Flashcards in Ch5: URT Chaussee Deck (104):
What does upper respiratory mean?
How does number of microbes change throughout lung?
Very high in the mouth
Decreases as you move down the respiratory tract
None in lungs
Where does RT become aseptic?
Normal flora has what role in RT?
Protects by competing with harmful microbes
What bacteria are in middle ear and sinuses?
Normal flora of URT? (50% of people or more)
2. Candida albicans
3. Alpha-hemolytic strep
4. Strep mutants
5. Haemophilus influenzae
7. Non staph aureus staph
Host defenses in URT?
1. Orthogonal structure
3. Mucin and mucus
the orthagonal structure of URT has what effect?
What does saliva contain? 2
What does mucus do?
Traps microbes from entering LRT.
What sweeps mucus up and out and into stomach?
Ciliated epithelial cells
Ciliated epithelial cells + Mucus = ?
50-70% of sore throats are caused by what in children?
What symptoms suggest a viral sore throat?
What percentage of adult sore throats are viral?
Bacterial causes of pharyngitis?
1. Group A strep:
2. Group C and G strep
3. Anaerobes (bacterioides, fusobacterium, spirochetes
4. Corynebacterium diptherae
5. Neisseria gonorrhoea
Which bacterial causes of pharyngitis are common?
Group A strep = common
Group C and G strep = infrequent
Neisseria gonorrhea = infrequent
GAS caused pharyngitis has what associations? 3
Tonsilitis, scarlet fever, sequelae
What are spirochetes that cause pharyngitis?
What else are they associated with?
Borrelia and treponema
In terms of GAS strep throat
1. Severe pain
2. Difficulting swallowing
Suppurative sequelae of GAS? 4
1. Peritonsillar abscess
2. Otitis media, sinusitis, mastoiditis
3. Scarlet fever
4. Streptococcal Toxic Shock Syndrome
Scarlet fever encompasses what?
Peripheral rash (Maybe strawberry tongue) caused by SPE's
What is STSS due to?
Production of Spe's that act as superantigens
What happens if GAS is in the blood?
Bacteremia and toxigenic disease
Non-suppurative/post infection sequelae to GAS pharyngitis?
Acute rheumatic fever: Due to autoimmune
Why does acute rheumatic fever occur?
How long does it take to develop?
What percent of kids get it?
M protein mimics cardiac myosin
Clinical diagnosis of ARF is based on what?
ARF typically follows what type of GAS infection?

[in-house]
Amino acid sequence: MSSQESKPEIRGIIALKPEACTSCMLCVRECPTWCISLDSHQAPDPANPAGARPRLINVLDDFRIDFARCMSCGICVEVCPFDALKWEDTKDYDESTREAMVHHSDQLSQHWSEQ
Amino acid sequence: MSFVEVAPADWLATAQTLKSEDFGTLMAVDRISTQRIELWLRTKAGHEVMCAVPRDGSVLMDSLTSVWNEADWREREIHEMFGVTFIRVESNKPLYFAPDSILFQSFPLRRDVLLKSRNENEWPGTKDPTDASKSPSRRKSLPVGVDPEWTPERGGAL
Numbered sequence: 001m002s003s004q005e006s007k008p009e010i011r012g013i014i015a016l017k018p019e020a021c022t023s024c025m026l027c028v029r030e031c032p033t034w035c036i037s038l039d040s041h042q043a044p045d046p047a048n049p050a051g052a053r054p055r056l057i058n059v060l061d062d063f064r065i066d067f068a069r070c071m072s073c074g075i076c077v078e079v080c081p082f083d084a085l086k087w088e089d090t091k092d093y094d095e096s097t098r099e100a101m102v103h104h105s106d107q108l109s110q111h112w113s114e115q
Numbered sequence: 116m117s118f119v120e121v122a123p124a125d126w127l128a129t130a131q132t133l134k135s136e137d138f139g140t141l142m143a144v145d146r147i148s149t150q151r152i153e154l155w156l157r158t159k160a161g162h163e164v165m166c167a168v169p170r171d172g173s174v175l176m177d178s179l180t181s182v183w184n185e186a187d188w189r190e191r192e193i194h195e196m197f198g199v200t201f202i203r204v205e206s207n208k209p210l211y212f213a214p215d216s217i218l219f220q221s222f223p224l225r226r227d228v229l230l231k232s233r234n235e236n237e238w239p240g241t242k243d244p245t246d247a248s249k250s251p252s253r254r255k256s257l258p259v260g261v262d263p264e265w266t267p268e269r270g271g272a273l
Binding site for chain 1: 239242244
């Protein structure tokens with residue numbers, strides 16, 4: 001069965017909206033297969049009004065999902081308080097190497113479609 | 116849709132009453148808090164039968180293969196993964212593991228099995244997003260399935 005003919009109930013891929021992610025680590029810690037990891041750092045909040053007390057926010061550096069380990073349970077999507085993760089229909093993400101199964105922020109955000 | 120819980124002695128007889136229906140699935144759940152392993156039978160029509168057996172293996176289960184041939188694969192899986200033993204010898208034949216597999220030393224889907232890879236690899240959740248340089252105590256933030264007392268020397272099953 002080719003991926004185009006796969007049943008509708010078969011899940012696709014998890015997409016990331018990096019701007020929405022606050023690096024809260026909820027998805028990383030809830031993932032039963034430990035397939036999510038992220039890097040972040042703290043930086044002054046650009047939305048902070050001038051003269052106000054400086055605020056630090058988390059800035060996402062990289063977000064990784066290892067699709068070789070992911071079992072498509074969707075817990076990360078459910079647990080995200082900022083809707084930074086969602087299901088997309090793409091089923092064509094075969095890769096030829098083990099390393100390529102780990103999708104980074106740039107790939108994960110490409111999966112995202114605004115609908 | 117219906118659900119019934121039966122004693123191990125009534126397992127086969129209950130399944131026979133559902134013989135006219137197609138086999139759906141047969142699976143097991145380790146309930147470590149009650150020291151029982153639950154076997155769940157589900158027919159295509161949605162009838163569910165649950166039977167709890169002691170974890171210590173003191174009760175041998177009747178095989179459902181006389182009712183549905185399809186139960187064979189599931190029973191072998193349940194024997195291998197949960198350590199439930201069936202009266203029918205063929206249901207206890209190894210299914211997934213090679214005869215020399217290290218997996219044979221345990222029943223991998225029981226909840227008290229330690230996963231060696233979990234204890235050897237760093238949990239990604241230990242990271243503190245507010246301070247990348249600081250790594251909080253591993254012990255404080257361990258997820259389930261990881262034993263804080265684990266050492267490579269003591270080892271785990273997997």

What is the Jones criteria requirements for GAS?
Evidence of previous GAS infection
2 major or 1 major + 2 minor
Major manifestations of ARF? 5
2. Heart inflammed
3. Nodules subcutaneous
4. Erythema marginatum
5. Sydenham's Chorea
Minor manifestations of ARF? 4
1. Previous ARF
4. Acute phase reaction
Laboratory obtained evidnece of previous GAS infection?
Anti-streptolysin O test
Besides ARF, what else is a non-suppurative post infection sequlae of GAS?
Pediatric Autoimmune Neuropsychiatric Disorders Associated WIth Strep Infections (PANDAS)
What causes PANDAS?
Cross reactivity between GAS antigens and neuro tissue
GAS may be responsible for what neuro disorders?
Lab diagnosis of GAS? (7)
1. Rapid diagnostic test (Ab's to GAS carb)
2. Culture throat swab
4. Gram positive
5. Catalase negative
6. Bacitracin sensitive
7. Positive PYR test
Treatment of all GAS children should be what?
What about adults?
Not so much since usually due to virus
Main drugs for GAS sore throat? (2)
2. Erythromycin for kids with allergies
Group C and G strep is what type of hemolytic?
Habitat of Group C and G strep?
1. Mucosal surfaces like nasopharynx
Transmission of Group C and G?
Droplets or direct contact
Do GCS and GGS have M protein?
What is the one suppurative of GCS/GGS infection?
What are the two non-suppuratives
GLomerulonephritis: Group C
ARF: Group C and G
Laboratory diagnosis of GCS and GGS?
1. Rapid diagnostic
2. Beta hemolytic
3. Gram + cocci in chains
4. Catalase negative
5. Bacitracin resistant
6. PYR Negative
Treatment of GCS and GGS? 2
Penicillin or macrolides
Neisseria gonorrhoeae is what in gram stain?
Habitat of neisseria gonorrhoeae?
Transmission of N. gonorrhoeae?
Lab diagnosis of N. gonorrhoeae is on what medium? 2
Chocolate agar or Thayer-Martin agar